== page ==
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Task organization in multitasking: Determinants and characteristics of individual preferences for serial versus overlapping task processing and different strategies of response organization (2015-2018; 2018-2021)

Team

Dietrich Manzey

Prof. Dr. Dietrich Manzey                        

Principal Investigator

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Jovita Brüning

Jovita Brüning             

PhD Candidate

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Meliha Cimen

Meliha Cimen 

Collaborative PhD Candidate

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Marcus Bleil

Marcus Bleil

software engineering

 Marie Mückstein

Marie Mückstein

Student Assistant

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Former Team Members

Jessika Reissland

Jessika Reissland                          

Project Collaborator

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Abstract (2018-2021)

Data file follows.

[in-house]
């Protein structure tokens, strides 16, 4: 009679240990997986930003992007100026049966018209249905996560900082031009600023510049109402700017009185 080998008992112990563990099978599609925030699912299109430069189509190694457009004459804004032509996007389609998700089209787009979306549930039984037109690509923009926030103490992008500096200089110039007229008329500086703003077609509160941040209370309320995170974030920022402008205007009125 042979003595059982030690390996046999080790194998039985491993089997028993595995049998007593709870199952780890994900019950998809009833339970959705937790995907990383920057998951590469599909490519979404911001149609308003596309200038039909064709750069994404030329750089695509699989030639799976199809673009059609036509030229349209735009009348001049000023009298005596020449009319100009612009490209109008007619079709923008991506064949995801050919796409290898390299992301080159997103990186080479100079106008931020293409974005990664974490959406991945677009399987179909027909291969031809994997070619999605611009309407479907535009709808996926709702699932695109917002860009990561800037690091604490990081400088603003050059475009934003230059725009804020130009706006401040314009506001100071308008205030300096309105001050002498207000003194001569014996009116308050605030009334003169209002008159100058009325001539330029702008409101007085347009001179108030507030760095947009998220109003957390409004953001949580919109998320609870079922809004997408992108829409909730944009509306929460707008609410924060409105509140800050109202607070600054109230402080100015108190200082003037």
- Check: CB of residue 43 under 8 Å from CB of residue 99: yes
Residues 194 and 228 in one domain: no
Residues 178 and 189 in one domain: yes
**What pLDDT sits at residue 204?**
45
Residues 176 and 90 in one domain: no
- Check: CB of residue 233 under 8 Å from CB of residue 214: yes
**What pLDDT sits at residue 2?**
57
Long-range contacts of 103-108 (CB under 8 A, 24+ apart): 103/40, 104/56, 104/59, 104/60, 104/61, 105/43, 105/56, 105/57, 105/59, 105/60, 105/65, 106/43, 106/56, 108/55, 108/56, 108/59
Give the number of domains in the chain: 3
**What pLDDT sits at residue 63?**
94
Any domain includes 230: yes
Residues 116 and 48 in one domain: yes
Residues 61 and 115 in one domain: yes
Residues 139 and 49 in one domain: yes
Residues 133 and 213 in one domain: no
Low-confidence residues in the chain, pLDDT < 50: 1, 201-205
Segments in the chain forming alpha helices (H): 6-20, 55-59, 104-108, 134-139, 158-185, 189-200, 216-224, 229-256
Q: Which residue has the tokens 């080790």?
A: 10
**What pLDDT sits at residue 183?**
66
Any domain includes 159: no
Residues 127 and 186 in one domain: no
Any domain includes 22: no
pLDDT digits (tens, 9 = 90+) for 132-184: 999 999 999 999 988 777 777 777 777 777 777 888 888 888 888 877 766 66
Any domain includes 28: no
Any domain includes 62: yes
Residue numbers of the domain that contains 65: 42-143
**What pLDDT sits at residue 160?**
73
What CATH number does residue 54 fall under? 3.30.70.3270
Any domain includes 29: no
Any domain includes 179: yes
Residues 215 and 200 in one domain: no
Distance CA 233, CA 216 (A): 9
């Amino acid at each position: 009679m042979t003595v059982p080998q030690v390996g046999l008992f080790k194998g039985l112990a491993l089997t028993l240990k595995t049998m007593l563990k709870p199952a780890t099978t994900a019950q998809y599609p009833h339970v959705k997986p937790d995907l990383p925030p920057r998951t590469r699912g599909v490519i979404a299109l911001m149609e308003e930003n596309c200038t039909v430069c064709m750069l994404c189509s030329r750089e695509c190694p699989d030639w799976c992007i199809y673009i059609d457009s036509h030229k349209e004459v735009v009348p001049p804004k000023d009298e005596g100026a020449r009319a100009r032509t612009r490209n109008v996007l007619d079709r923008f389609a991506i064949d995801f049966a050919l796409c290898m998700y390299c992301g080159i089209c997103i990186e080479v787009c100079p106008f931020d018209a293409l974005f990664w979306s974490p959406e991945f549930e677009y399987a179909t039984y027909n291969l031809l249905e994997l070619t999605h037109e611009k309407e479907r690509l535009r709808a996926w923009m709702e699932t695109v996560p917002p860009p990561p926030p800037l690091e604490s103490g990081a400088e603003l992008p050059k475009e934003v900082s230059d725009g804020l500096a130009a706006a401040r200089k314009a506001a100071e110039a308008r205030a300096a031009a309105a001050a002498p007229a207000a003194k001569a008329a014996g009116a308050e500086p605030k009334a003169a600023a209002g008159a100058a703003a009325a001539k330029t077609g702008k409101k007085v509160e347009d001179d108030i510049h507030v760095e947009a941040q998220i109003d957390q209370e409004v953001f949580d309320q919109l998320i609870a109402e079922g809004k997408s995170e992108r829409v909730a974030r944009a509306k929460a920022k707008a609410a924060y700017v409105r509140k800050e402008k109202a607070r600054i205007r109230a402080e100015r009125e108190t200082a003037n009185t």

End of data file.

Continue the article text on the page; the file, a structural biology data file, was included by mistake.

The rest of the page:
The current project addresses individual differences in coping with multiple task requirements. During the first funding period two experimental paradigms have been developed which enable to describe individual preferences on two different levels of task organization when performing two cognitive tasks concurrently. The first one is referred to as task-switching with preview (TSWP) and is used to study individual preferences for different modes of process organization, i.e. serial versus overlapping task processing. The second one is referred to as free concurrent dual-tasking (FCDT) and enables for differentiating between different sorts of response organization when coping concurrently with two tasks. Based on the first paradigm evidence was found, that individuals differ systematically in their preferred mode of processing. While some individuals prefer to work strictly serially on two tasks, others use options of overlapping (parallel) processing in order to optimize multitasking performance. Similar differences emerged on the level of response organization. Here three types of behavioral strategies could be distinguished which are referred to as blocking, switching and response-grouping. Moreover, evidence was found that the chosen mode of processing is adapted to task-demands (i.e., the risk of crosstalk between tasks to be performed concurrently). In contrast, the chosen response strategy seems to reflect a more rigid individual bias which remains constant independent of the strength of resource competition between tasks. The current project capitalizes on these findings and shall contribute to a better understanding of the characteristics, underlying determinants and links of the individual preferences on the two levels of task-organization in multitasking. With the use of the two paradigms mentioned above, the following specific objectives will be addressed in a series of proposed laboratory experiments: (1) Identification of possible links between preferred modes of processing and strategies of response organization. (2) Clarifying the nature of overlapping processing, i.e. what exactly is processed in an overlapping manner by individuals identified as overlapping processors in the TSWP paradigm and when this overlapping processing takes place. (3) Investigating the involvement of top-down and bottom-up control in preferred modes of processing and strategies of response organization. (4) Investigating context effects (e.g., general memory load, induced cognitive style of thinking, motivational state) on the use and efficiency of different response organization strategies in the FCDT paradigm. In addition, a number of cooperative studies with other partners in the SPP 1772 are planned which, among others, will address links to individual differences of cognitive and behavioral control found in other multitasking paradigms used in cognitive psychology and movement sciences.